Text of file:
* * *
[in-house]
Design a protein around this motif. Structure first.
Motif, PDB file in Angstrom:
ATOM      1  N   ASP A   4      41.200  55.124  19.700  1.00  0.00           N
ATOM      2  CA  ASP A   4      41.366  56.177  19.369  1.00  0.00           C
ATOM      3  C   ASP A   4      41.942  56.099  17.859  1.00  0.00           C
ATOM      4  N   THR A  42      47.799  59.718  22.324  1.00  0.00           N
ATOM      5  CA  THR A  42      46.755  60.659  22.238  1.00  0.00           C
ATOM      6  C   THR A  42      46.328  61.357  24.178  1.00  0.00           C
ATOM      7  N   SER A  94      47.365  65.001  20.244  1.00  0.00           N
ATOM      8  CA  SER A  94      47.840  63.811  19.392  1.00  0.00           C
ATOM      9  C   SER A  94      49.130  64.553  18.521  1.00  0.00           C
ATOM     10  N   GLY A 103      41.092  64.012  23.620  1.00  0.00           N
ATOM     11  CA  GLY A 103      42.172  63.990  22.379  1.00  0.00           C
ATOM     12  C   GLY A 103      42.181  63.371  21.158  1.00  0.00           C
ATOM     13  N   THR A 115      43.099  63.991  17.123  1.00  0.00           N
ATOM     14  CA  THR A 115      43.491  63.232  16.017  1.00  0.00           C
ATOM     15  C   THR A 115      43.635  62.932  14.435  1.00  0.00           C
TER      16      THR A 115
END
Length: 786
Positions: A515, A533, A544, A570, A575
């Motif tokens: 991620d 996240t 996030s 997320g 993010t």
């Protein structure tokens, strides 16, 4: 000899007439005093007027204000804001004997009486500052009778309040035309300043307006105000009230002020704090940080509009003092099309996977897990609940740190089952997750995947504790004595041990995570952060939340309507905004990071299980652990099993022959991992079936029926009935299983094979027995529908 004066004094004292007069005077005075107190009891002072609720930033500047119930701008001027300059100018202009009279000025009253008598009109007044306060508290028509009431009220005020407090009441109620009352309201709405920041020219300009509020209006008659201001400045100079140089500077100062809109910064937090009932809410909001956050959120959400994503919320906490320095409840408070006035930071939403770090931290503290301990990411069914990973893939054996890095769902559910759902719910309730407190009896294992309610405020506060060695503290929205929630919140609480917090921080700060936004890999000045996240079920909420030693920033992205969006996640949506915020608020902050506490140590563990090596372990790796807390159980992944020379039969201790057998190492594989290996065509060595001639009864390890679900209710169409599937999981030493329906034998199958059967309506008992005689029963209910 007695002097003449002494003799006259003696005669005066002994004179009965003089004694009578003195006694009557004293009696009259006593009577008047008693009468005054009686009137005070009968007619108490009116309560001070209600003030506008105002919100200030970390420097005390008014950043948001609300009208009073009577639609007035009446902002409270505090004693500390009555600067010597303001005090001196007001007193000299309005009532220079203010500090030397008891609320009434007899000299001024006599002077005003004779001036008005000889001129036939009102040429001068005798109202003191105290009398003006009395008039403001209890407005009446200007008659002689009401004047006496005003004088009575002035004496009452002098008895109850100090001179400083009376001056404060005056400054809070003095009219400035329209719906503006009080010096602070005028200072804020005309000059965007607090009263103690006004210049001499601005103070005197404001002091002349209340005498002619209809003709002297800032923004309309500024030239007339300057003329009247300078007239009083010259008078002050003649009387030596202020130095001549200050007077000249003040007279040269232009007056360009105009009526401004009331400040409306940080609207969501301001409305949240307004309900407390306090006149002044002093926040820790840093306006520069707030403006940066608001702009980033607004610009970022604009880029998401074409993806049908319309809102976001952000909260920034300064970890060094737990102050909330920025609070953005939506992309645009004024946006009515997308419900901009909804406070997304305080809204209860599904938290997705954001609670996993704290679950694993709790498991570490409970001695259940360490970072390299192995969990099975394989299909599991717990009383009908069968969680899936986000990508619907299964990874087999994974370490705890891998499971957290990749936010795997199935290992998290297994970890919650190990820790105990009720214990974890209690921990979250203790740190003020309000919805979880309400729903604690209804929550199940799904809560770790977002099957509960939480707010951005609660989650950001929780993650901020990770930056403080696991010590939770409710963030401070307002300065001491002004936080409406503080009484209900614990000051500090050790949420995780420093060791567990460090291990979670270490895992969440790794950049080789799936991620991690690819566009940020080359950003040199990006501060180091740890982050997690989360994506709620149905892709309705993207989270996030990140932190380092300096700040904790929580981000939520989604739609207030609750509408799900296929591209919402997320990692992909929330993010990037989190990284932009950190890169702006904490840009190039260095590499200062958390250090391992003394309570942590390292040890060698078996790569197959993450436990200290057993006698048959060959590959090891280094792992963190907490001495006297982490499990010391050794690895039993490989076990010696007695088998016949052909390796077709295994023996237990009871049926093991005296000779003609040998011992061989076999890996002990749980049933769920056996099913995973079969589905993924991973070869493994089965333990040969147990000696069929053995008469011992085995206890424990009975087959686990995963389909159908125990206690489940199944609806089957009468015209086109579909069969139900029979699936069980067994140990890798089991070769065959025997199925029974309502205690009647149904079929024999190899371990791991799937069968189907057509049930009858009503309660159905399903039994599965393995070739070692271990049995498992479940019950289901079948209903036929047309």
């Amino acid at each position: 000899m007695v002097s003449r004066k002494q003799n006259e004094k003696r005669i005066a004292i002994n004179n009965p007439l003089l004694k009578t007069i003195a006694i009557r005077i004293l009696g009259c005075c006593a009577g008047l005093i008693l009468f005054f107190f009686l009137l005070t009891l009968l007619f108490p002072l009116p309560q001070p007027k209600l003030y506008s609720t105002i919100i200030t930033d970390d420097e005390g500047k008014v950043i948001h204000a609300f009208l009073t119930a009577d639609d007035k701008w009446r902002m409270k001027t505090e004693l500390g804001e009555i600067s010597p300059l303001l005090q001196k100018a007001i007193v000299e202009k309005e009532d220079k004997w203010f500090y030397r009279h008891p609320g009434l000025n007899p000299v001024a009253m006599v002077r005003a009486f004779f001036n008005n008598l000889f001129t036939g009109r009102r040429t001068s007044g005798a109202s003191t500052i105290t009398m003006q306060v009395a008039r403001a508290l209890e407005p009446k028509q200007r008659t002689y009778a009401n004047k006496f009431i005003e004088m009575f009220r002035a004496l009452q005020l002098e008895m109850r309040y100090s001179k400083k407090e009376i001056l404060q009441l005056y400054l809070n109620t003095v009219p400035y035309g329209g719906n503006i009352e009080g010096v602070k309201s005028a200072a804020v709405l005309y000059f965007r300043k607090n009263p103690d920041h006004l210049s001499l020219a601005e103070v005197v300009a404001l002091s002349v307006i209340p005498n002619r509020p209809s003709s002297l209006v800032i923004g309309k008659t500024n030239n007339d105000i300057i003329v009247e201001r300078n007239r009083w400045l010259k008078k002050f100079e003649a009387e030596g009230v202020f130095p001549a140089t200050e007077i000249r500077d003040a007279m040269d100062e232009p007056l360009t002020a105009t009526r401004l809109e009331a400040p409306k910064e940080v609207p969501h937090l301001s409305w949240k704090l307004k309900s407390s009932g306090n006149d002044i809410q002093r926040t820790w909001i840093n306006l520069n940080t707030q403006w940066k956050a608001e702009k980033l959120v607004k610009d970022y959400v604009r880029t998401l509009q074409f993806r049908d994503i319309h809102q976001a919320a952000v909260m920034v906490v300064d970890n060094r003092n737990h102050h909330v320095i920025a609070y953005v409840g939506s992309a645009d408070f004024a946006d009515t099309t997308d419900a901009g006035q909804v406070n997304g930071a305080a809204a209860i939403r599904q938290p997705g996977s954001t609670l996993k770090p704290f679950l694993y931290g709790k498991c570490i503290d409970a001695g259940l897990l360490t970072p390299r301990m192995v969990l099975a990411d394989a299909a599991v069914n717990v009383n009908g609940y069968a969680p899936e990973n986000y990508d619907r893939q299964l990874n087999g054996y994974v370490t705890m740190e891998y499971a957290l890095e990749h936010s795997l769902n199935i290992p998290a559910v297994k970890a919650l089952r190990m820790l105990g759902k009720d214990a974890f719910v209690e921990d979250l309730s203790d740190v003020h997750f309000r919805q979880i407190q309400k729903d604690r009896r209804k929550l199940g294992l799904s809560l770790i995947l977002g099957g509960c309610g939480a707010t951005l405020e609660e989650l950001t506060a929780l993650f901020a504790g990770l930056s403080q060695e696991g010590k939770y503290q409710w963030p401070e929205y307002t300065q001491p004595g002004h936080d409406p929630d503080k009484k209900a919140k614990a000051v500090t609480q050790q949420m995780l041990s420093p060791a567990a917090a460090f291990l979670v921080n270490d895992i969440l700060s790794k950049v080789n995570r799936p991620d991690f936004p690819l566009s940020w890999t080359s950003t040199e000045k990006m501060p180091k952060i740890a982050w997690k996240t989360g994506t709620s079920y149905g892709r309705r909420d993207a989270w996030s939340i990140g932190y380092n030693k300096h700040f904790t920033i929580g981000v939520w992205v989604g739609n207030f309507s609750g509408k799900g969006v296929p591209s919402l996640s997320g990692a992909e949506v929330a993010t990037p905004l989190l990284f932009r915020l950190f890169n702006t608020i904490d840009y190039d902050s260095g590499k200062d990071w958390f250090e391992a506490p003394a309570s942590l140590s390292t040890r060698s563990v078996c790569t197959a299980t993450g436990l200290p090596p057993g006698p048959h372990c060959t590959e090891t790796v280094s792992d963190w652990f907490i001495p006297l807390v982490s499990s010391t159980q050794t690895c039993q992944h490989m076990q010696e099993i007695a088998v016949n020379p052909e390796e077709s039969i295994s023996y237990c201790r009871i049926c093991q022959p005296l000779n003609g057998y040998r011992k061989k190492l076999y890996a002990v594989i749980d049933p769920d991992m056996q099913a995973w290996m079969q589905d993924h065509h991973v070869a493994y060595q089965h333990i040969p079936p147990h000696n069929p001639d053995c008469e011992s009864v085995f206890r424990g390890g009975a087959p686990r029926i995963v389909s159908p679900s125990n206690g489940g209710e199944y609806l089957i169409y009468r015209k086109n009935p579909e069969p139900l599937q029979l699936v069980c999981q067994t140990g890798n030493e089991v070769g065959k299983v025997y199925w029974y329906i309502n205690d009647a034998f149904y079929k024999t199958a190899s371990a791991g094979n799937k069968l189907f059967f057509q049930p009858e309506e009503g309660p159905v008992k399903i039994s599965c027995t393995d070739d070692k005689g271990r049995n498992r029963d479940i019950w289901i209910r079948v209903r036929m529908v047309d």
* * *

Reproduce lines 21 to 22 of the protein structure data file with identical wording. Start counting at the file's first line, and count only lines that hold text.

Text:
Length: 786
Positions: A515, A533, A544, A570, A575